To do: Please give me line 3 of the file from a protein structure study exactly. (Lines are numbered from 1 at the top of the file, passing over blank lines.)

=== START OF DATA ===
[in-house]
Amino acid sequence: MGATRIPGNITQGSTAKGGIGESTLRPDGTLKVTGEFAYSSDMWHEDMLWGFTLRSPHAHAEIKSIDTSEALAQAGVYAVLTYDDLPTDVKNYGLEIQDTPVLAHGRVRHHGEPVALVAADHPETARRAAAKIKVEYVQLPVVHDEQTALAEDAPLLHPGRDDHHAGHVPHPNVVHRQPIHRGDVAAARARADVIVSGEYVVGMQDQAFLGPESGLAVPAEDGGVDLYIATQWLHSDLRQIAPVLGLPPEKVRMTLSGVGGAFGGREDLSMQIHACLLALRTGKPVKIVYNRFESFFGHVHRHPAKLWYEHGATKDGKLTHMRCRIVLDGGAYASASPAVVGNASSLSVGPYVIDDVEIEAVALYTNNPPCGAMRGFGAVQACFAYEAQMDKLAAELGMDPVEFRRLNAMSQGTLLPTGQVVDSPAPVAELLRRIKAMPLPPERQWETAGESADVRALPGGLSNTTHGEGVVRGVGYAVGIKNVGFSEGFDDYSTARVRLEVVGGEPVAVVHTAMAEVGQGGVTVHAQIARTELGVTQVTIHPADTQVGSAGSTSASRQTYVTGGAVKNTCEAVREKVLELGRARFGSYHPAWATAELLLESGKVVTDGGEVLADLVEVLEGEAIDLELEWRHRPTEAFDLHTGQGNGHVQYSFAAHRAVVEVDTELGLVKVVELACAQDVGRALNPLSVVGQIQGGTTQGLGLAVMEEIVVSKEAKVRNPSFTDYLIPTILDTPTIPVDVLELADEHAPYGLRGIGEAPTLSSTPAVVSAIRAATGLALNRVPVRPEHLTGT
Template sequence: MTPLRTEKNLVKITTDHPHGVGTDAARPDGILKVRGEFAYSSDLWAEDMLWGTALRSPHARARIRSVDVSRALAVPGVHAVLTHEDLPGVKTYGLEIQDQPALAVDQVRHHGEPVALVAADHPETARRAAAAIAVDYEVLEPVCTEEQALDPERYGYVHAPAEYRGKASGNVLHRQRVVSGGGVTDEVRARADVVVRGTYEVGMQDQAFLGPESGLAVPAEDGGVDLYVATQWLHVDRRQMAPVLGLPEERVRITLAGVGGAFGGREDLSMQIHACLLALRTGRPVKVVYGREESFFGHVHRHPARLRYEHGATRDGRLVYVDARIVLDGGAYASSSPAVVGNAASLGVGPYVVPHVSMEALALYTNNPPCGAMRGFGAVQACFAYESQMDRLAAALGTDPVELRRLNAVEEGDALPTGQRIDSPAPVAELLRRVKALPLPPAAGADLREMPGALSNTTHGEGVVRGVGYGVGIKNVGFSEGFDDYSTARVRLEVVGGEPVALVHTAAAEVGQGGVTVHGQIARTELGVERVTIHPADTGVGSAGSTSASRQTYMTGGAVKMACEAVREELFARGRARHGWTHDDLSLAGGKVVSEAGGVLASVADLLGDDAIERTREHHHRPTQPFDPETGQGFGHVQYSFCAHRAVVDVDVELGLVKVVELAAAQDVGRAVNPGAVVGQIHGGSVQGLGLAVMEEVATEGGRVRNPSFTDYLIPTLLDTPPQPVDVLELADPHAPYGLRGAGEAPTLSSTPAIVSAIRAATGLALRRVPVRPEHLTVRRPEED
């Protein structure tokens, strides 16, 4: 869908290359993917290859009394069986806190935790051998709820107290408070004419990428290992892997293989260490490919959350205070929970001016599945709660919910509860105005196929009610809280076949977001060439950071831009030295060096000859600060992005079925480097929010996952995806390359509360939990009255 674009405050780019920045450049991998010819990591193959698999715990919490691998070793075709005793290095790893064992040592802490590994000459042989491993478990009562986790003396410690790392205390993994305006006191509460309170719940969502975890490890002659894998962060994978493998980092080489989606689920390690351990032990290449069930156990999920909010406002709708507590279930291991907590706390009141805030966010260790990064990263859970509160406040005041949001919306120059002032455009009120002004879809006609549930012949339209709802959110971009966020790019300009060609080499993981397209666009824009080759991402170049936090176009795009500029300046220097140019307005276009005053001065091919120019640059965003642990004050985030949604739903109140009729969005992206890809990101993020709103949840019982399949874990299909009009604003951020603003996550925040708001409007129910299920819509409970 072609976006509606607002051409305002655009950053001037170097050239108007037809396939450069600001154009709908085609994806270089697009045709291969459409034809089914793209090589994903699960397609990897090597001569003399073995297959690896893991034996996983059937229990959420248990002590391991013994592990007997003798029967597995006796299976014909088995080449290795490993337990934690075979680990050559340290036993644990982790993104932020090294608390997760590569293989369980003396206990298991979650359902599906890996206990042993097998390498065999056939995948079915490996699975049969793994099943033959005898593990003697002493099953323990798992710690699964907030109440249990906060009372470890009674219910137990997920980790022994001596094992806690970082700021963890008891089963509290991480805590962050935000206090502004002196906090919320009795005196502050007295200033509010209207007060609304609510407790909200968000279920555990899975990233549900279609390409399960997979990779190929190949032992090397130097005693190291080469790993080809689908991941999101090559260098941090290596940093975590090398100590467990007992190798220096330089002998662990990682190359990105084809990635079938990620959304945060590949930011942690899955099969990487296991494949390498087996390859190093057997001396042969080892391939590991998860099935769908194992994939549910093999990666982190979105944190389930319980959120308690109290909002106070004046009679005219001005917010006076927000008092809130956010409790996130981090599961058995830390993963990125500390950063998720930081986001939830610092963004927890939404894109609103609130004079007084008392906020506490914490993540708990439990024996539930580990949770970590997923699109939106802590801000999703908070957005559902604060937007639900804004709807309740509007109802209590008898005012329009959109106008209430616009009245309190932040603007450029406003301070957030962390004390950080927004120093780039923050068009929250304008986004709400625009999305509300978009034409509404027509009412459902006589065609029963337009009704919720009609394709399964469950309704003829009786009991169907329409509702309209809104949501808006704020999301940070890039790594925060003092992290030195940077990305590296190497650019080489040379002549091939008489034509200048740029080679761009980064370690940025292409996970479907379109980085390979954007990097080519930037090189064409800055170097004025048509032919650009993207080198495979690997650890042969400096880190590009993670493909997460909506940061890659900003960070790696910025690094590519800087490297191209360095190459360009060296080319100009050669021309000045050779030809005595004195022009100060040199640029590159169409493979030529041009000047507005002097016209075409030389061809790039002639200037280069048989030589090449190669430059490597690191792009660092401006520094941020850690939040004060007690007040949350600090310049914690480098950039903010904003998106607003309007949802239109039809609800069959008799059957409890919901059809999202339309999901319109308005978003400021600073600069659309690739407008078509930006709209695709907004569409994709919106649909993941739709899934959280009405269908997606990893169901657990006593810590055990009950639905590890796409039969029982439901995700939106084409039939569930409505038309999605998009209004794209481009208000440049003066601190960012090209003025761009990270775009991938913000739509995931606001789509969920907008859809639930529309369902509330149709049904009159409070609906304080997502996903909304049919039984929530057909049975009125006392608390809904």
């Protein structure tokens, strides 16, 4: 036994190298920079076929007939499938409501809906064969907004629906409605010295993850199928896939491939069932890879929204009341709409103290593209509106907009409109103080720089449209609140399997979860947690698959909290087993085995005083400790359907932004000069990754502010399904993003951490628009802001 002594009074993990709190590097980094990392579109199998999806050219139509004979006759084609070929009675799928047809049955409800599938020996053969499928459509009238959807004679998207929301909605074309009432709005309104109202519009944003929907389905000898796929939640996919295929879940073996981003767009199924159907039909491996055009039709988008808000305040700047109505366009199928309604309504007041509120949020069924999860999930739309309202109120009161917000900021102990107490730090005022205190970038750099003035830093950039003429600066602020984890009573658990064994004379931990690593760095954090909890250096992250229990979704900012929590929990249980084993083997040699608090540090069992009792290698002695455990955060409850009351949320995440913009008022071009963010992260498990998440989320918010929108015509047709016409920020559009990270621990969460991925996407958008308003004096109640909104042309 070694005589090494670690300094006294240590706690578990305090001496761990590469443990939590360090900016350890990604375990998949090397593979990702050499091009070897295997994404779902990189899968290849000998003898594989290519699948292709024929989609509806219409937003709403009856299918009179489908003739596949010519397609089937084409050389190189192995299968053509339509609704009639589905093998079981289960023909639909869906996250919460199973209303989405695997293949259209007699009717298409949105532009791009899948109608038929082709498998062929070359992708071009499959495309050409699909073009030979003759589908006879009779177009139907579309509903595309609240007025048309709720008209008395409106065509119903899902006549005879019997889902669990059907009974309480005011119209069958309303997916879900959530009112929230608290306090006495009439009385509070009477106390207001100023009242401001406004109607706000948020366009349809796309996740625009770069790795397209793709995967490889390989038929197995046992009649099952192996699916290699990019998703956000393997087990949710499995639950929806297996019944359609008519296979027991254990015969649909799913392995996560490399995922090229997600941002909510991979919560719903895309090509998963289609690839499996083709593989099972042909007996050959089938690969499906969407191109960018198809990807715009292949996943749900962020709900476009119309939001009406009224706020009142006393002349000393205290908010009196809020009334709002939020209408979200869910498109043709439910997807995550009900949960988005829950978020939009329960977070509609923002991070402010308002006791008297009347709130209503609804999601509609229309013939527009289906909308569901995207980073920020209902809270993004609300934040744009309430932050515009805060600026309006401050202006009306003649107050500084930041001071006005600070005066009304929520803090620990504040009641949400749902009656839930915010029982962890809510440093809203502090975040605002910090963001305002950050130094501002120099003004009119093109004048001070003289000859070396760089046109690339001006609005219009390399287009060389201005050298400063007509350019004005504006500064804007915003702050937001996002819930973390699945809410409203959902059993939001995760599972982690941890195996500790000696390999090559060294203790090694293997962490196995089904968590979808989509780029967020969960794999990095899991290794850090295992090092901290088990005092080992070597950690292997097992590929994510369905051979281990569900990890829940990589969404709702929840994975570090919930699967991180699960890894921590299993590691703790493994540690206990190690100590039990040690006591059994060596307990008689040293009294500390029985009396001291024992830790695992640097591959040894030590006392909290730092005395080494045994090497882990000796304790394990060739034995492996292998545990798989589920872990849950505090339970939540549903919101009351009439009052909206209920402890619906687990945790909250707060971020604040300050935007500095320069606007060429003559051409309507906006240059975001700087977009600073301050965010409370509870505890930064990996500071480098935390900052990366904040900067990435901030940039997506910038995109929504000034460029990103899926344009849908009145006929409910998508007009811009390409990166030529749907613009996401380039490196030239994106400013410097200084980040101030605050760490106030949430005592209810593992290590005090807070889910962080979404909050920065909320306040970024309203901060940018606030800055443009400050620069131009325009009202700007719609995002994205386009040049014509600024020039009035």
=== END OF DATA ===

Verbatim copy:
Template sequence: MTPLRTEKNLVKITTDHPHGVGTDAARPDGILKVRGEFAYSSDLWAEDMLWGTALRSPHARARIRSVDVSRALAVPGVHAVLTHEDLPGVKTYGLEIQDQPALAVDQVRHHGEPVALVAADHPETARRAAAAIAVDYEVLEPVCTEEQALDPERYGYVHAPAEYRGKASGNVLHRQRVVSGGGVTDEVRARADVVVRGTYEVGMQDQAFLGPESGLAVPAEDGGVDLYVATQWLHVDRRQMAPVLGLPEERVRITLAGVGGAFGGREDLSMQIHACLLALRTGRPVKVVYGREESFFGHVHRHPARLRYEHGATRDGRLVYVDARIVLDGGAYASSSPAVVGNAASLGVGPYVVPHVSMEALALYTNNPPCGAMRGFGAVQACFAYESQMDRLAAALGTDPVELRRLNAVEEGDALPTGQRIDSPAPVAELLRRVKALPLPPAAGADLREMPGALSNTTHGEGVVRGVGYGVGIKNVGFSEGFDDYSTARVRLEVVGGEPVALVHTAAAEVGQGGVTVHGQIARTELGVERVTIHPADTGVGSAGSTSASRQTYMTGGAVKMACEAVREELFARGRARHGWTHDDLSLAGGKVVSEAGGVLASVADLLGDDAIERTREHHHRPTQPFDPETGQGFGHVQYSFCAHRAVVDVDVELGLVKVVELAAAQDVGRAVNPGAVVGQIHGGSVQGLGLAVMEEVATEGGRVRNPSFTDYLIPTLLDTPPQPVDVLELADPHAPYGLRGAGEAPTLSSTPAIVSAIRAATGLALRRVPVRPEHLTVRRPEED